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Rupture and Relation

A Workshop on Black Critical Thought


May 23-25, 2019
Northwestern University

The paradigmatic rupture of racial slavery and its continued reverberations across Africa and the African diaspora raise a set of pressing questions surrounding Global Blackness and the problem of relation. These questions have instantiated a renewed celebratory fervor surrounding the possibilities of a politics of relation, as well as a robust interrogation of its limitations, conditions of emergence, and presumed universality.

This workshop aims to critically examine the compulsory turn to transcendental relation as a mode of disciplining and organizing Black critical thought. Taking seriously the interventions of Afro-Pessimism, Radical Black Feminisms, and related modes of inquiry, we invite papers that respond to the workshop’s theme by attending to/complicating the matter of the “global” and (anti-)Blackness.

Call for Papers

Questions addressed throughout the course of the workshop included:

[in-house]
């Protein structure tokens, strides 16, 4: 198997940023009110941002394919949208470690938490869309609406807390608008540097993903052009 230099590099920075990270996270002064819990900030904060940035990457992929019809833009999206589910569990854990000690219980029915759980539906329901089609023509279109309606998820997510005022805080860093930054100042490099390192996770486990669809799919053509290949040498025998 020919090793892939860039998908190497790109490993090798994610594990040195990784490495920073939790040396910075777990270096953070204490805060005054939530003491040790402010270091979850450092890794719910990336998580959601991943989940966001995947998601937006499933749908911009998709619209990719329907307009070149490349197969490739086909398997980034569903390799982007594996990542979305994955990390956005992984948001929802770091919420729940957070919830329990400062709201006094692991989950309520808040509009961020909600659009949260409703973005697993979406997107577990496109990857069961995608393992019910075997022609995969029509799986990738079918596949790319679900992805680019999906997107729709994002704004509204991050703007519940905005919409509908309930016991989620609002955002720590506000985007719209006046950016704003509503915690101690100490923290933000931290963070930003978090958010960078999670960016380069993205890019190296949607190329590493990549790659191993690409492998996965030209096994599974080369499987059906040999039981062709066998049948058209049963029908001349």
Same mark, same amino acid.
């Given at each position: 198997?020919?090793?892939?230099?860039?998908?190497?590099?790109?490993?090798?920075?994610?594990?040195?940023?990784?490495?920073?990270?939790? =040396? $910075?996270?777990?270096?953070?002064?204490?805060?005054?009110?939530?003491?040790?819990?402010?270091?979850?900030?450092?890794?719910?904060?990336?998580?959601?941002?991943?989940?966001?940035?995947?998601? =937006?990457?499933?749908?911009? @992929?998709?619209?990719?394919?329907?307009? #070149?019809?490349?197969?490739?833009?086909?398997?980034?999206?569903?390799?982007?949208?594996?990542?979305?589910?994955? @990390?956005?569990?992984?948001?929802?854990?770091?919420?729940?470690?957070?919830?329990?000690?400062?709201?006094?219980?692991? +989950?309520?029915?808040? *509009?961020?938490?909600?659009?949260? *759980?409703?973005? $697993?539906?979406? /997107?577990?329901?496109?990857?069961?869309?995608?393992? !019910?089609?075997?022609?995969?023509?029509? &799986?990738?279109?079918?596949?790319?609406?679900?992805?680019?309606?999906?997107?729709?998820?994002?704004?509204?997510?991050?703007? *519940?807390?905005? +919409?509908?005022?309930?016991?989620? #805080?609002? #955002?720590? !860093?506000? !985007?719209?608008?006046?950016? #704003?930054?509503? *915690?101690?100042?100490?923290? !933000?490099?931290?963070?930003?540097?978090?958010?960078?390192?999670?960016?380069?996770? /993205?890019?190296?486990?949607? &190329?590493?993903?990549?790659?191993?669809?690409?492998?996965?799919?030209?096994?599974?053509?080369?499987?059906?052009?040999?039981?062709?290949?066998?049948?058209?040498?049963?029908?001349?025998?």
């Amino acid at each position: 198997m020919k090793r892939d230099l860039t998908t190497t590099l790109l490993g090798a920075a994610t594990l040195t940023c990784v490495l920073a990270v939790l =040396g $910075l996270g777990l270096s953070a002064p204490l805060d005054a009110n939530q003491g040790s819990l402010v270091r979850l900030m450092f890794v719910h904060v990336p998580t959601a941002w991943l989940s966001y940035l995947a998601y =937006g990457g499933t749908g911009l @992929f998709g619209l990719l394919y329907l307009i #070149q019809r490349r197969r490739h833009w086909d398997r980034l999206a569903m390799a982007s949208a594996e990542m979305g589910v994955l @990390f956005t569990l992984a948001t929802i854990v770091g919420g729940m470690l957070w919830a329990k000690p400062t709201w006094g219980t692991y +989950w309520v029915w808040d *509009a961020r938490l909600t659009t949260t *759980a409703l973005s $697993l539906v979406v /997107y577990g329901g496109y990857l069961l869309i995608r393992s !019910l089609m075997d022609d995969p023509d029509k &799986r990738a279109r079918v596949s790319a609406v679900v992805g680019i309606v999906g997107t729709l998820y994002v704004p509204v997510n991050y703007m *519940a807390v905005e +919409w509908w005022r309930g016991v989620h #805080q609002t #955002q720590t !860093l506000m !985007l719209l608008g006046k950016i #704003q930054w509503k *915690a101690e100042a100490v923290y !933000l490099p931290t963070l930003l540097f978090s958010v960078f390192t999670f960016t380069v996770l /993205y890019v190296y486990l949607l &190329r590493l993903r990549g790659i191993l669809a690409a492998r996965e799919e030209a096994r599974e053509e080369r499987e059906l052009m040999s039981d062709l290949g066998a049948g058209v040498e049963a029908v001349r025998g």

• How do we account for the chasm between Black Studies and “Area Studies” (i.e. African Studies, Caribbean Studies, etc.)?
  • What theories of the “global” are provided by and contested in Black Critical Thought?
  • How do divergent conceptualizations of temporality complicate our understanding of the rupture?
  • How has the drive toward neoliberal inclusion and multicultural coalitions set the parameters of acceptable or heretic discourse and performativity within the broader field?
  • What kind of aesthetic and activist practices emerge out of skepticism about relational capacity and multicultural allyship?
  • How do we (at)tend to the violence that subsumes the Black intramural, and what purchase does the concept of ‘relation’ have in the intramural context?
  • What kinds of conclusions about relation can be drawn by foregrounding an analysis of structural position in o/apposition to embodied experience?
  • Does that attention to position provide a useful heuristic for attending to both the question of Black gender as well as the gender of Blackness?

“It was a rupture in history, a rupture in the quality of being. It was also a physical rupture, a rupture of geography.”

— Dionne Brand